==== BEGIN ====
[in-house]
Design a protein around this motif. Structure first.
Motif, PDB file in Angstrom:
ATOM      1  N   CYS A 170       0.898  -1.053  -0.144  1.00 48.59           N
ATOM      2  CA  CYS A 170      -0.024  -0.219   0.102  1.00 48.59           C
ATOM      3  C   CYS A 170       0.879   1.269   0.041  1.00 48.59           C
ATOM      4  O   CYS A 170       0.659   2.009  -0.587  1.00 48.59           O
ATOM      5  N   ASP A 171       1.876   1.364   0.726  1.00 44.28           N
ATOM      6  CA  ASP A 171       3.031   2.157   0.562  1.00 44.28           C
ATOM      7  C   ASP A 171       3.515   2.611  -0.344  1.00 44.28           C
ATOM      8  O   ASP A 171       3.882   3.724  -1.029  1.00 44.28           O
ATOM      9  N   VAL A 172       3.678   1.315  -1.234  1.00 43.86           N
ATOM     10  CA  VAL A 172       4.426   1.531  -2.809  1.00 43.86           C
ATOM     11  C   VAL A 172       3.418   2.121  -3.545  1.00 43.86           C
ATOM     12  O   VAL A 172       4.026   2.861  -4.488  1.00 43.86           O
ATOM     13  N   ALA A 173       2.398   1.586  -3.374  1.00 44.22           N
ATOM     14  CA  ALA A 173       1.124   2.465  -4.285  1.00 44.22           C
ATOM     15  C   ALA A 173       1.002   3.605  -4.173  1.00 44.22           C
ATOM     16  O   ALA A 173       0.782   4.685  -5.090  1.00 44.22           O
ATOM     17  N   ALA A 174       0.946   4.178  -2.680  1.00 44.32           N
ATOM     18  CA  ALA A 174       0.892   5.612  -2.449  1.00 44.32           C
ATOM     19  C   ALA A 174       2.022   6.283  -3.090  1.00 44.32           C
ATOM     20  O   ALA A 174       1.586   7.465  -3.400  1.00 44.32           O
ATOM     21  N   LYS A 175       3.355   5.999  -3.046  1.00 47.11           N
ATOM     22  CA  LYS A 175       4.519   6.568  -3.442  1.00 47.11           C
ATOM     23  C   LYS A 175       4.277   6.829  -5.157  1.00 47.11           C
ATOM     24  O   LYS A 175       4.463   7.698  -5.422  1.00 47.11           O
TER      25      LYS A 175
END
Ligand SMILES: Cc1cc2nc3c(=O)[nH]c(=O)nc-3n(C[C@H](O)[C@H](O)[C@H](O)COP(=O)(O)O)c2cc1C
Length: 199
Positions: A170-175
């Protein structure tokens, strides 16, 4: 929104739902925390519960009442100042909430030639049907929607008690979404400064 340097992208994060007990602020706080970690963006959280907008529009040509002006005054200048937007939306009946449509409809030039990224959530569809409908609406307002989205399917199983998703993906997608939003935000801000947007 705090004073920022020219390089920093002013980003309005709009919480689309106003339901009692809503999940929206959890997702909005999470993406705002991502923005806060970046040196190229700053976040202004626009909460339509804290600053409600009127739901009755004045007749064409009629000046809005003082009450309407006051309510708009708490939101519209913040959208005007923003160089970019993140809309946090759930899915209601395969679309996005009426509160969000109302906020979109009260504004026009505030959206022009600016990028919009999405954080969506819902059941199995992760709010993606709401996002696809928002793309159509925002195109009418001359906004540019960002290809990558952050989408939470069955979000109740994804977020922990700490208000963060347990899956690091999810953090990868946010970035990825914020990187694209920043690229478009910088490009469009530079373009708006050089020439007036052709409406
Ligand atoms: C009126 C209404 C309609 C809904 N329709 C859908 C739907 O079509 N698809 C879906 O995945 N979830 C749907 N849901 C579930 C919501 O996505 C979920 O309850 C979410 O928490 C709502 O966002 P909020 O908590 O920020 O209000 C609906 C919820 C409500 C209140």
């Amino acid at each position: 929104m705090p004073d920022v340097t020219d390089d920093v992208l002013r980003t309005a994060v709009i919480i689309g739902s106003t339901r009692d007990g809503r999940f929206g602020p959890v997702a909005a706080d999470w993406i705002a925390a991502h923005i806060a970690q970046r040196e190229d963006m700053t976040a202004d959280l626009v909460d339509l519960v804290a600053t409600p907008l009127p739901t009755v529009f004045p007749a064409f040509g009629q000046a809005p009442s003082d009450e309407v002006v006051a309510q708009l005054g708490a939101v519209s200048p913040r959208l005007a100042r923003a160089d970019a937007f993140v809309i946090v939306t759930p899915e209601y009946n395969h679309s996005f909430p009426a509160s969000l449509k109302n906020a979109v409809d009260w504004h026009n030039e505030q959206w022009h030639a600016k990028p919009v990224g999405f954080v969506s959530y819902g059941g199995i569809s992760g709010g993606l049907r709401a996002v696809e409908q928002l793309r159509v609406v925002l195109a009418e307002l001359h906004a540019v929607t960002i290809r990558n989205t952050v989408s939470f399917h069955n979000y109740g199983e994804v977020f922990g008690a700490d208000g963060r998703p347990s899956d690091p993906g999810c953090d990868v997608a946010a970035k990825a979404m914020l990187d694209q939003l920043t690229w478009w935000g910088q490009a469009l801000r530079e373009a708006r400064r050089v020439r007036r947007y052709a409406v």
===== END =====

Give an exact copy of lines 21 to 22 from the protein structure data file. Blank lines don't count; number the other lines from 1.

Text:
ATOM     18  CA  ALA A 174       0.892   5.612  -2.449  1.00 44.32           C
ATOM     19  C   ALA A 174       2.022   6.283  -3.090  1.00 44.32           C